8. Strict Equipment Inspection and Maintenance
Preventative maintenance is also key. Follow manufacturer schedules for inspecting and servicing equipment. Document all repairs and require pre-shift inspections by operators. Promptly remove damaged tools and equipment from service.
9. Foster Culture of Total Safety
Instill a culture of safety where managers lead by example and no task urgency justifies compromising safety protocols. Recognize workers who promote safety and consistently discipline willful violations.
The Importance of Slip-Resistant Flooring
Slick walking surfaces lead to slips, trips, and falls resulting in sprains, fractures, contusions, concussions, and other injuries to workers. Employers must proactively address floor hazards:
- Specify slip-resistant floor coatings, chemical etchings, mats, and treads
- Select temporary flooring products with ample drainage, traction, and durability
- Place anti-slip mats at transition areas between surfaces
- Provide adequate walk-off mats at entryways
- Mark spills, wet areas, and level changes with high-visibility tape and cones
- Clean up leaks, drips, and spills immediately
- Assess footwear requirements and provide slip-resistant boots as needed
Firm, skid-resistant flooring provides proper footing and confidence for workers. Never ignore traction risks.
Your Safety, Your Responsibility
Individual awareness and caution make a big difference in safety:
- Maintain awareness of hazards and location of other workers around you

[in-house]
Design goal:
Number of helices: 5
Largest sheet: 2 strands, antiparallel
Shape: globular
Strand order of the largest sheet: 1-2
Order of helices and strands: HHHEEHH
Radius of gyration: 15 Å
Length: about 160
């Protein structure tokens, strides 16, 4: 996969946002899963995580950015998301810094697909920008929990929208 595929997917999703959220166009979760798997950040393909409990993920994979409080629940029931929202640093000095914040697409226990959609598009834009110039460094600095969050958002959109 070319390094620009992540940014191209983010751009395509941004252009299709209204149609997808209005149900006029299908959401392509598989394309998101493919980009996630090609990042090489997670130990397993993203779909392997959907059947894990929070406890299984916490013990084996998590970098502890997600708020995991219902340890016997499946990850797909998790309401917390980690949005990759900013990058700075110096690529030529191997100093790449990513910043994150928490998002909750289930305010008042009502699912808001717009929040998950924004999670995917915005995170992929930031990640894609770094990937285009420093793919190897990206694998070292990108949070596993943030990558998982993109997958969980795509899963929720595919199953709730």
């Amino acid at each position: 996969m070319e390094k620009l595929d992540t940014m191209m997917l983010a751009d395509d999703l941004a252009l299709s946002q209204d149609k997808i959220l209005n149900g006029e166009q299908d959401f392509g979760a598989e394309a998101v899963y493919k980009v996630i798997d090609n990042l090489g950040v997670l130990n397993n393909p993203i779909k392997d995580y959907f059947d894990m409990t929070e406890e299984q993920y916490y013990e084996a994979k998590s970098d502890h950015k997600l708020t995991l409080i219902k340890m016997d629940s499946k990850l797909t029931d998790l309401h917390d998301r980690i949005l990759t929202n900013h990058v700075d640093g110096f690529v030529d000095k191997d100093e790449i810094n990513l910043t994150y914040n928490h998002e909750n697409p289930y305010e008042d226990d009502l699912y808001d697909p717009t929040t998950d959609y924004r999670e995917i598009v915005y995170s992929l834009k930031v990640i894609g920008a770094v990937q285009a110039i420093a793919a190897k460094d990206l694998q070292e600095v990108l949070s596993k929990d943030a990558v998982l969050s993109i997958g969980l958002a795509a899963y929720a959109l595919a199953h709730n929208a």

- Concentrate on the task at hand - avoid distractions and horseplay
- Watch out for hazards created by other crews and notify them
- Take breaks as needed to stay hydrated, fed, and sharp
- Rotate repetitive task workers frequently to avoid overexertion
- Be prepared to hit emergency stop buttons, shut down equipment, or evacuate
Staying focused, anticipating problems, and speaking up about concerns helps keep the jobsite secure. Make safety the first priority every day.
While construction will always involve some level of risk, implementing a comprehensive safety program reduces exposures and protects workers from harm. Every life lost is too many. By assessing hazards, providing proper training and equipment, empowering workers, and making smart choices guided by safety not speed, companies can eliminate many needless injuries and deaths.
When safety is the top priority - not an afterthought - contractors reinforce the message that their personnel are their most valuable assets. Building a culture of safety demonstrates true commitment and care for workers. They deserve nothing less when putting their lives on the line every day to construct our infrastructure. Through vigilance and sustained prevention efforts, worksites can become substantially safer for all.